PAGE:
There are almost limitless resources available to the beginning or advanced birder on the web, but here are some Connecticut-specific aids that may be of use and interest to you while learning more at home or having a sensational day in the field.

Help for Injured, Orphaned, Distressed Wildlife

The Connecticut Department of Energy and Environmental Protection (DEEP) has a web site with information about getting help for injured, orphaned and distressed wildlife including listings for licensed Wildlife Rehabilitators for small birds, hawks and owls, ducks and geese and other birds.   See the links below for the information about:

Dealing with Distressed Wildlife

Dealing with Distressed Birds

Help stretch Connecticut Conservation $$$$

An excellent way to support habitat conservation in Connecticut is to buy a CT Duck Stamp and a Federal Duck Stamp annually. A Federal Duck Stamp gets you free admission to any national wildlife refuge that charges an entry fee. CT Duck Stamp funds have generated additional monies for Connecticut through matching grants from federal conservation initiatives.

Did you know…?

More and more, Connecticut birders record their sightings on eBird and there are many benefits for you and the birding community. Besides archiving all your sightings, after registering eBird can send alerts of unusual sightings in CT and other regions to your email inbox. There are options for delivery of alerts by county, state, and country and also Needs Alerts for species you have not personally recorded in a particular region. For more information visit the eBird Alerts help page. Once you’ve registered for eBird you might also want to check out the eBird Mobile Apps page where you can find eBird Mobile, an app for your phone or tablet for entering eBird data in the field, and the Merlin app for identification.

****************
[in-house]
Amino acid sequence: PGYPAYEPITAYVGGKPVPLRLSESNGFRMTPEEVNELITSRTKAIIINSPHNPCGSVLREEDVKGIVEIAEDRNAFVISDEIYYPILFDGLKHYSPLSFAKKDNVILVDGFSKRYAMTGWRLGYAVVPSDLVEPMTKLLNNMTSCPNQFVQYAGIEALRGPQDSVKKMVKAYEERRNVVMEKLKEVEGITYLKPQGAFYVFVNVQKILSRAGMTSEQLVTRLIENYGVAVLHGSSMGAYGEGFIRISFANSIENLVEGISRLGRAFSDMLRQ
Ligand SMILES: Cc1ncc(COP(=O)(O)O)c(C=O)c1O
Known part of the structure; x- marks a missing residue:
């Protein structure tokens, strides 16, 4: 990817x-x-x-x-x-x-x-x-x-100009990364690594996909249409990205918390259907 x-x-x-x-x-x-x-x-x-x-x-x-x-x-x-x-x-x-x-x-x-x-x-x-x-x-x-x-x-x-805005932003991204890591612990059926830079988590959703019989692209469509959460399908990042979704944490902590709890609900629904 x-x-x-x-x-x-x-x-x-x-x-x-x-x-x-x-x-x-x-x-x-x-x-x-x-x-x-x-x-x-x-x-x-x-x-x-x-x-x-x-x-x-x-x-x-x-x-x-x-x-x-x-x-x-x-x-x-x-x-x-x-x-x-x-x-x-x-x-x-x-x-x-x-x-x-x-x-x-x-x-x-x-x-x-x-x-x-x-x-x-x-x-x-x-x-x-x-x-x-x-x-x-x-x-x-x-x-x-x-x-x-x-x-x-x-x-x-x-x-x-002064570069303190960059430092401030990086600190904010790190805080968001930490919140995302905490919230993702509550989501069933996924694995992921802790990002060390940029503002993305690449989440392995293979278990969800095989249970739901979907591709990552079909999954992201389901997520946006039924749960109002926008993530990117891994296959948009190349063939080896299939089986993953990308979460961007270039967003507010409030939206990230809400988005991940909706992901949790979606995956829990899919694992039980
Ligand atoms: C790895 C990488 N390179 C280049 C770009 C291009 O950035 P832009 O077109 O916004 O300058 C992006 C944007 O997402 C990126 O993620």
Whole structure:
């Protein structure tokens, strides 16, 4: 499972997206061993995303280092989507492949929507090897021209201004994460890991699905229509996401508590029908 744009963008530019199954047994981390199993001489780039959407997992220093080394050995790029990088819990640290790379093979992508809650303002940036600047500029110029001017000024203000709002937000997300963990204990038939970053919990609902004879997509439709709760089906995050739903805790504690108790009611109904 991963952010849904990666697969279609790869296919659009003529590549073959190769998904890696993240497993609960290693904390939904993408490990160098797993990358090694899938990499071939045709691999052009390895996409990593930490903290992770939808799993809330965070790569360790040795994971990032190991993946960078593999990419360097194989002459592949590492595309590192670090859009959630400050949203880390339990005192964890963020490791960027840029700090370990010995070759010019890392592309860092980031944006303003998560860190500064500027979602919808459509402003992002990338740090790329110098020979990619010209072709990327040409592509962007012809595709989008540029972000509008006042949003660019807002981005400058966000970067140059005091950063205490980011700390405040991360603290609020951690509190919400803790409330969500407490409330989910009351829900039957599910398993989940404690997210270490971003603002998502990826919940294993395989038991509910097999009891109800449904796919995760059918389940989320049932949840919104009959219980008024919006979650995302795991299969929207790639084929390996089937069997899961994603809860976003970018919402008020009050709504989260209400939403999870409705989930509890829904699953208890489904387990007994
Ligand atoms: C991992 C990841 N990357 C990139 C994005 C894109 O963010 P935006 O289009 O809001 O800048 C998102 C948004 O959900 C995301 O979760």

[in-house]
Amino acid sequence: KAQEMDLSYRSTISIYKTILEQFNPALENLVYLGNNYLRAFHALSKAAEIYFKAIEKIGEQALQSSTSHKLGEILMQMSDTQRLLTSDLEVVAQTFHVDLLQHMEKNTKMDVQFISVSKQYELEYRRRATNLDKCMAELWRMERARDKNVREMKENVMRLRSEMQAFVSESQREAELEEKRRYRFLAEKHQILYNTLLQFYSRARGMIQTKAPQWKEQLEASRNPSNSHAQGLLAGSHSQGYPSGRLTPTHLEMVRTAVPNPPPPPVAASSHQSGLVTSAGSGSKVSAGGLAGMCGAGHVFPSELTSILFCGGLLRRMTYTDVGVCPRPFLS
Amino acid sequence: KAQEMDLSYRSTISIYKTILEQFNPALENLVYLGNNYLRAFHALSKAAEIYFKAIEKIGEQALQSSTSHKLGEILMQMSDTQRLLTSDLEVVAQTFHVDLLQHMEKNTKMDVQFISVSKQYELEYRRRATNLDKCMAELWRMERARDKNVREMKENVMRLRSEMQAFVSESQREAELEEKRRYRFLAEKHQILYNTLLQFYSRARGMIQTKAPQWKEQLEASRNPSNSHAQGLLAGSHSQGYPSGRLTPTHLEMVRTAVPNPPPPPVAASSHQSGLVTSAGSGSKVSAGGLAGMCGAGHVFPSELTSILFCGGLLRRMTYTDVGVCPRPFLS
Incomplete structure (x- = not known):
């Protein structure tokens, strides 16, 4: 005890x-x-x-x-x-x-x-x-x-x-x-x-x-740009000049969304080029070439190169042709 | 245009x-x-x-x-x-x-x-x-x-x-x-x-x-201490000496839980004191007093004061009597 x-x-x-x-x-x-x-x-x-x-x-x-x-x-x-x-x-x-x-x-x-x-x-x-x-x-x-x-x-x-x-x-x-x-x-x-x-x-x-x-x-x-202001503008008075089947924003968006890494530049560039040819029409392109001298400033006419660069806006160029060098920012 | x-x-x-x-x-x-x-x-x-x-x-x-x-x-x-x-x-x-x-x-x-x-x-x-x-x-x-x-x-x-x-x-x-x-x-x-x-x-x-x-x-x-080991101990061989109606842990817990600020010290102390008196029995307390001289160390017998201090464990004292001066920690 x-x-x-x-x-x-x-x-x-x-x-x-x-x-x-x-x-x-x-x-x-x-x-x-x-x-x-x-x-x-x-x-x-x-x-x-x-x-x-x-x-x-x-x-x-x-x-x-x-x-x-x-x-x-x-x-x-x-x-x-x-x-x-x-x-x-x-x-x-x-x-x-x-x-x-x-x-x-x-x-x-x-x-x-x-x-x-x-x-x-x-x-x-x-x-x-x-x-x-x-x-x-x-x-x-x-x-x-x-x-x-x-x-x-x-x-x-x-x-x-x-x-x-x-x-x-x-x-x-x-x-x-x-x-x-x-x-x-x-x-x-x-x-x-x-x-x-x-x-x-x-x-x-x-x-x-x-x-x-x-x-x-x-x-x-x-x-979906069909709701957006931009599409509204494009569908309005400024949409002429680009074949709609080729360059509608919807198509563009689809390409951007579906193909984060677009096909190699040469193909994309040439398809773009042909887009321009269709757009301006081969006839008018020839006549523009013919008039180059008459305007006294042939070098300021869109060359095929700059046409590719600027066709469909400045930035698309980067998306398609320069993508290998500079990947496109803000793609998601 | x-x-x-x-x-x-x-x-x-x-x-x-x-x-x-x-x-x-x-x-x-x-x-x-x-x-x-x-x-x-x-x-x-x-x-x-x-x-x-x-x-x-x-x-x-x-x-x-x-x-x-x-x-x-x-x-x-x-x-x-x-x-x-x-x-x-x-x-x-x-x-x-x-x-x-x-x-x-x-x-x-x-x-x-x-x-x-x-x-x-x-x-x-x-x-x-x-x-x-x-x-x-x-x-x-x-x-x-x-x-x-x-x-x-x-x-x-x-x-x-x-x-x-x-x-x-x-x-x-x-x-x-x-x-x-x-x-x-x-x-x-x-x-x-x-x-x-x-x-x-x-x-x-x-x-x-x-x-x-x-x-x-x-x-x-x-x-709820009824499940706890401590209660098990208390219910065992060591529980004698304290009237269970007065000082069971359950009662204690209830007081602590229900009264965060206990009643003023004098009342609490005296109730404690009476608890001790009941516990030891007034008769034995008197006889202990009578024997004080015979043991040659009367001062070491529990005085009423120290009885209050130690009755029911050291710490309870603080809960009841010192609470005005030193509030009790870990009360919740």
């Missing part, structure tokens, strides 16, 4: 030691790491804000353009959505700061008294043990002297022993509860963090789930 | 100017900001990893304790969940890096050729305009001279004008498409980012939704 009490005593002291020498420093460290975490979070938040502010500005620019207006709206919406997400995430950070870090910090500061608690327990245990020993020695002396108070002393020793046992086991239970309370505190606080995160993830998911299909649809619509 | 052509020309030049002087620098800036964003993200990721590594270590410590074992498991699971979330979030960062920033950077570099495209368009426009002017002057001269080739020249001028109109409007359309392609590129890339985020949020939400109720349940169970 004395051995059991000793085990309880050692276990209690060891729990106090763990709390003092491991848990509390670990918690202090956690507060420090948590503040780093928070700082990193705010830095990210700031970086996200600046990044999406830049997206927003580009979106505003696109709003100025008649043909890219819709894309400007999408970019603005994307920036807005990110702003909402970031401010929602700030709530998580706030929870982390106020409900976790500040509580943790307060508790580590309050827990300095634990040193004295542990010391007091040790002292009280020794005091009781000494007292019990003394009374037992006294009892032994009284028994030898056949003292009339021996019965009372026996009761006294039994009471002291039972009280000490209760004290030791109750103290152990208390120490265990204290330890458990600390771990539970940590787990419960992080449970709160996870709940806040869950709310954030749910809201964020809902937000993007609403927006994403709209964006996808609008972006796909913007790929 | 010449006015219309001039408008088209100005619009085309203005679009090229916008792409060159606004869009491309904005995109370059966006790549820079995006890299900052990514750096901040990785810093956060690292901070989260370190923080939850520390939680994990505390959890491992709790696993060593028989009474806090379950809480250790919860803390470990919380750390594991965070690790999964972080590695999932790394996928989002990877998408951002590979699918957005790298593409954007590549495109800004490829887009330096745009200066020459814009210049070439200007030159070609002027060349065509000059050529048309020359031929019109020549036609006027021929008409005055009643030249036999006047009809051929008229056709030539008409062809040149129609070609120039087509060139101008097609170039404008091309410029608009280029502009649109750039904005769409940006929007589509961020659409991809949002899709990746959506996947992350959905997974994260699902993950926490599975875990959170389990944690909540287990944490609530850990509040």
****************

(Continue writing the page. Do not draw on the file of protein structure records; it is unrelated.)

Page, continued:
Connecticut Specific Books

  • The Atlas of Breeding Birds of Connecticut. 1994. State Geological and Natural History Survey of Connecticut. Edited by Louis R. Bevier. Illustrations by Michael DiGiorgio. Text and maps describe the breeding status and distribution of the birds or Connecticut.
  • Connecticut Birding Guide. 1996. Thomson-Shore, Inc. Buzz Devine and Dwight G. Smith. Illustrations by Mark S. Szantyr. Bird finding in Connecticut. Detailed text and maps on 84 birding sites arranged by major geographical regions.
  • Connecticut Birds. 1990. University Press of New England. Joseph D. Zeranski and Thomas R. Baptist.
    The first assessment of Connecticut birds in 75 years catalogs occurrence and distribution, and summarizes population trends.
  • Finding Birds in Connecticut. 1996. Dave Rosgen and Gene Billings. Habitat based focus on 450 birding sites in Connecticut. Arranged by counties.

Field Checklists

Field Checklist. Birds of Connecticut. Published by Connecticut Ornithological Association, Aug. 2012, edited by ARCC. A 3-fold checklist including 431 species (as of 2012). Rare, Sight Record only, and Introduced, noted. Available from COA.

Ornithological Resources at The University of Connecticut

The following was graciously supplied by Connecticut State Ornithologist Margaret Rubega:

The Vertebrate Collection here contains about 19,000 bird specimens, and has more study skins of birds taken in Connecticut than any other collection in the world; it also contains about 1000 skeletons, 1000+ fluid-preserved specimens, one of the very few feather collections in the world (compiled by Alan Brush), and a collection of nests, many of which date from around the turn of the century. 9939 of the 19,000 specimens are cataloged on-line, at the Dept. of Ecology and Evolutionary Biology’s website: the catalog can be accessed at:

Editor’s note – this is a research collection and permission is required for access!

Inquire with curator of birds:
Margaret Rubega
Ecology and Evolutionary Biology
University of Connecticut
75 North Eagleville Rd., U-43
Storrs, CT 06269
Office: 860-486-4502
Fax: 860-486-6364

Individuals in need of information on diagnoses of dead or dying birds, or who desire a necropsy on dead birds can inquire at:

The Northeast Research Center for Wildlife Diseases
University of Connecticut, Dept. of Pathobiology
61 N. Eagleville Rd., U-89
Storrs, CT 06269